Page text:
A moving story of five African American prisoners who made the trip from the Tennessee State Penitentiary in Nashville on June morning in 1953 to Sun Studios in Memphis to record “Just Walkin’ in the Rain,” later made famous by Johnnie Ray and numerous others.
3. Bluegrass Bluesman: A Memoir. Josh Graves. Edited by Fred Bartenstein. Illinois, 184 pages
A very welcome memoir by the late, great Graves, who introduced the Dobro to bluegrass music and inspired generations of musicians.
2. The Carter Family: Don’t Forget This Song. Frank M. Young and David Lasky. Abrams, 192 pages
Country music meets the comics in this humorous and entertaining graphic novel. Affectionate and admiring, the book captures the family’s rise to success through numerous struggles as well as the enduring power of music and love.
1. Satan is Real: The Ballad of the Louvin Brothers. Charlie Louvin with Benjamin Whitmer. IT/Igniter Books (HarperCollins), 320 pages
The Louvin Brothers influenced a wide range of music, of course, and Charlie’s rambunctious, humorous, and moving memoir recalls the sad story of his brother, Ira, as well as Charlie’s recollections of a life in music.
Other Notable Titles
I’m Your Man: The Life of Leonard Cohen. Sylvie Simmons. Ecco, 576 pages.
Bruce. Peter Ames Carlin. Touchstone, 480 pages.
The One: The Life and Music of James Brown. RJ Smith. Gotham Books, 456 pages.
A Woman like Me. Bettye LaVette with David Ritz. Blue Rider Press/Penguin, 272 pages.
Luck or Something Like It: A Memoir. Kenny Rogers. Morrow, 432 pages.
When I Left Home: My Story. Buddy Guy, with David Ritz. Da Capo, 288 pages.
Dwight Yoakam: A Thousand Miles from Nowhere. Don McLeese. Texas, paperback, 222 pages.
Roll Me Up And Smoke Me When I Die: Musings From The Road. Willie Nelson. Morrow, 176 pages.
Dream More: Celebrate the Dreamer in You. Dolly Parton. Putnam, 122 pages.
No More Nice Girls. Ellen Willis. University of Minnesota Press, paperback, 304 pages. [This collection of essays and Willis’ collection, Beginning to See the Light, are now back in print from the University of Minnesota Press, bringing back the important voice of this late, great music critic.]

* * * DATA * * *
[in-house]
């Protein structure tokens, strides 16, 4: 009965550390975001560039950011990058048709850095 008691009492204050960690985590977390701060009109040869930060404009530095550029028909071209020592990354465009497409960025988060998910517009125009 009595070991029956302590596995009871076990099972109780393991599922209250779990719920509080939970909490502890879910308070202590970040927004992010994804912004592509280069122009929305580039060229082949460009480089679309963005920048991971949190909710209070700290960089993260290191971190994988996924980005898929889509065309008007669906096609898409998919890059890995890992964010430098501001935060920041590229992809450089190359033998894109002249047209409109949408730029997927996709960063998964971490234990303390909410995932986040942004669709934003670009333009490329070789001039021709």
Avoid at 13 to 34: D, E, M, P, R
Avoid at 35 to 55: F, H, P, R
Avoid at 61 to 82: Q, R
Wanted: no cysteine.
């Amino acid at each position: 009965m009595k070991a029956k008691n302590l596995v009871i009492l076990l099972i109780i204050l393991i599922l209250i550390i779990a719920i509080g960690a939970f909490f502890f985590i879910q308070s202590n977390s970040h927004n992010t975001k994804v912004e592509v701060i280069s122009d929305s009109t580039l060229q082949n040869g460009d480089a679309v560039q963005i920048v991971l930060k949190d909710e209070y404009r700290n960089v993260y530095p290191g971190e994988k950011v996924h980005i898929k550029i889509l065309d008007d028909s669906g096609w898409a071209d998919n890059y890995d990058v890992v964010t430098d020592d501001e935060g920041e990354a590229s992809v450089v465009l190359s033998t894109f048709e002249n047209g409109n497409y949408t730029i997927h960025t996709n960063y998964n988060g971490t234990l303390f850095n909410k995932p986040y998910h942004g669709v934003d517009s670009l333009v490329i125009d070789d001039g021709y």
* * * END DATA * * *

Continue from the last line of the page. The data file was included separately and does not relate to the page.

The Beautiful Music All Around Us: Field Recordings and the American Experience. Stephen Wade. Illinois, 504 pages.
Conversations with Greil Marcus. Greil Marcus. Edited by Joe Bonomo. University of Mississippi Press, 218 pages.
Saved by Song: A History of Gospel and Christian Music, new revised edition. Don Cusic. Mississippi, paperback, 502 pages.
Then Sings My Soul: The Culture of Southern Gospel Music. Douglas Harrison. Illinois, 228 pages.
Honky Tonk Girl: My Life in Lyrics. Loretta Lynn. Knopf, 240 pages.
Honky Tonk: Portraits of Country Music. Henry Horenstein. Norton, 144 pages.
This Land is Your Land: Woody Guthrie and the Journey of an American Folk Song. Robert Santelli. Running Press, 256 pages.
Pete Seeger: In His Own Words. Pete Seeger. Selected and edited by Rob Rosenthal and Sam Rosenthal. Paradigm Press, 376 pages.
- Leeann Ward: Thanks, NM. I like a good pop hook, to be honest. So, maybe I need to try it again.
- Barry Mazor: OK, Jim Z. That changes everything. I surrender.
- Jim Z: to call the Dirty River Boys an "Austin area band" is still incorrect. They are based in El Paso.
- nm: Leeann, you and I often have similar tastes in more-traditional country. And, to my ears, Sam Hunt's voice and lyrics …
- Barry Mazor: Matter of fact, as always--I did. The notes say the album was recorded & mixed by and at "The …
- Roger: Looking forward to picking up the Jamey Johnson Christmas EP - love all of those songs and can't wait for …
- Jim Z: that record was recorded in El Paso. (you could look it up) and other than appearing in Austin once in …
- Leeann Ward: Yes, I can always use more dobro in my life! Thanks for the Phil Leadbetter tip! I haven't been able to …
- Barry Mazor: OK, Jim. The record's more or less out of Austin. But I'm sure they're also good in El Paso...
- Jim Z: Dirty River Boys are from El Paso, Texas.